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Legal prostitution will hurt women, and that’s good, says allegedly pro-woman MRA

If only all women were whores!

A lot of MRAs maintain that they’re not anti-woman, just antifeminist. Heck, one new contributor to Reddit’s Men’s Rights subreddit has put that claim in the name he chooses to identify himself by: ProWomanAntiFeminist.

Alas, his comments don’t quite live up his moniker. PRAF (for short) launched his Reddit career a couple of days ago with a series of comments, all of them upvoted by the regulars, arguing that prostitution should be legalized — because he thinks that would be bad for women. “[L]egal prostitution reduces women’s economic advantage over men,” he argued in his second comment. Why? According to PRAF, because prostitutes offer men a better deal on sex:

[P]rostitutes give men no strings attached sexual satisfaction reasonably and anonymously for a set price. Without the man having to jump through arbitrary hoops to “impress” the girl, risking an “oops” pregnancy, or (god forbid) getting married.

When sex and female companionship is a man’s objective, prostitution is an efficient and cost-effective option that many women don’t want to have to compete with.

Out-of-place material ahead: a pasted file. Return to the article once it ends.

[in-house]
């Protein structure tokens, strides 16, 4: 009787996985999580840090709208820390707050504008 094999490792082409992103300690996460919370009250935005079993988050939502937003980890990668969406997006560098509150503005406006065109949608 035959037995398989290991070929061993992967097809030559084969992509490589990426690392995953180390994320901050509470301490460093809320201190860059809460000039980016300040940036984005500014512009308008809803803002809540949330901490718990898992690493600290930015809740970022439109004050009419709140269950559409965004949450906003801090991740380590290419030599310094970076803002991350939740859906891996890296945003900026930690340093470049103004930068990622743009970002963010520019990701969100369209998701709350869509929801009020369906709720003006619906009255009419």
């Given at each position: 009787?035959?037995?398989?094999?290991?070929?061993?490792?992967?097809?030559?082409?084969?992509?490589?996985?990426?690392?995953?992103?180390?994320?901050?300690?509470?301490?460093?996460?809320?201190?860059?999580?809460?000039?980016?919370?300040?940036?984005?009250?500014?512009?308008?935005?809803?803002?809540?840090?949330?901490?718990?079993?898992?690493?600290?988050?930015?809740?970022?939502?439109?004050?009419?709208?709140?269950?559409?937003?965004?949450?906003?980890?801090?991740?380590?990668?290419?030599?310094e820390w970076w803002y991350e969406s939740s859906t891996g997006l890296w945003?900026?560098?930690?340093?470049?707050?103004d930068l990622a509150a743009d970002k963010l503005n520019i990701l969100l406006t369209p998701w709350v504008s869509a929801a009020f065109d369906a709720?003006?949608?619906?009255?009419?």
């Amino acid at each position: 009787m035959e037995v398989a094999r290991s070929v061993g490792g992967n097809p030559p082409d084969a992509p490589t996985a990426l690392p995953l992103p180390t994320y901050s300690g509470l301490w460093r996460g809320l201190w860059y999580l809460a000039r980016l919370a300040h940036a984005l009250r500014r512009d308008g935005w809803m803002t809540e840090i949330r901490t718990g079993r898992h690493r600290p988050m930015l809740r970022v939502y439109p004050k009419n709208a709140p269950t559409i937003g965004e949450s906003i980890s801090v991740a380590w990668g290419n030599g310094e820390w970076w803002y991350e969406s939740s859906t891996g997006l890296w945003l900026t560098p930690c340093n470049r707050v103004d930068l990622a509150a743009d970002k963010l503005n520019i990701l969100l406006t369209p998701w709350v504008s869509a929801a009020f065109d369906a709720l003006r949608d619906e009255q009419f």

In other words, prostitutes break the back of the dreaded Pussy Cartel — or, as PWAF would call it, the “sexual trade union.” Not only are wives and girlfriends more costly in the long run for men, but they’re also not actually obligated to have sex:

Married women get unfettered access and control over male resources, and they don’t even have to put out. Girlfriends get some access to male resources, dependent on how attractive she is and how desperate he is.

Simply paying up front for sex is so much more convenient:

Prostitutes offer a dependable, no strings attached experience for men.

And so we come to what PWAF sees as the big payoff here:

Legal prostitution reduces the desperation of men, mandating that non-prostitute women have to bring more to the table to secure male resources.

I suggest you read that last sentence over again, because it’s a doozy.

Even by his own daffy logic, PWAF is advocating something that he clearly sees as anti-woman — or at least anti “non-prostitute women,” as he so charmingly puts it.

Might want to rethink that name.

Of course, given PWAF’s familiarity with MR lingo and logic, I suspect that this “new” commenter is actually a very old commenter under a new name.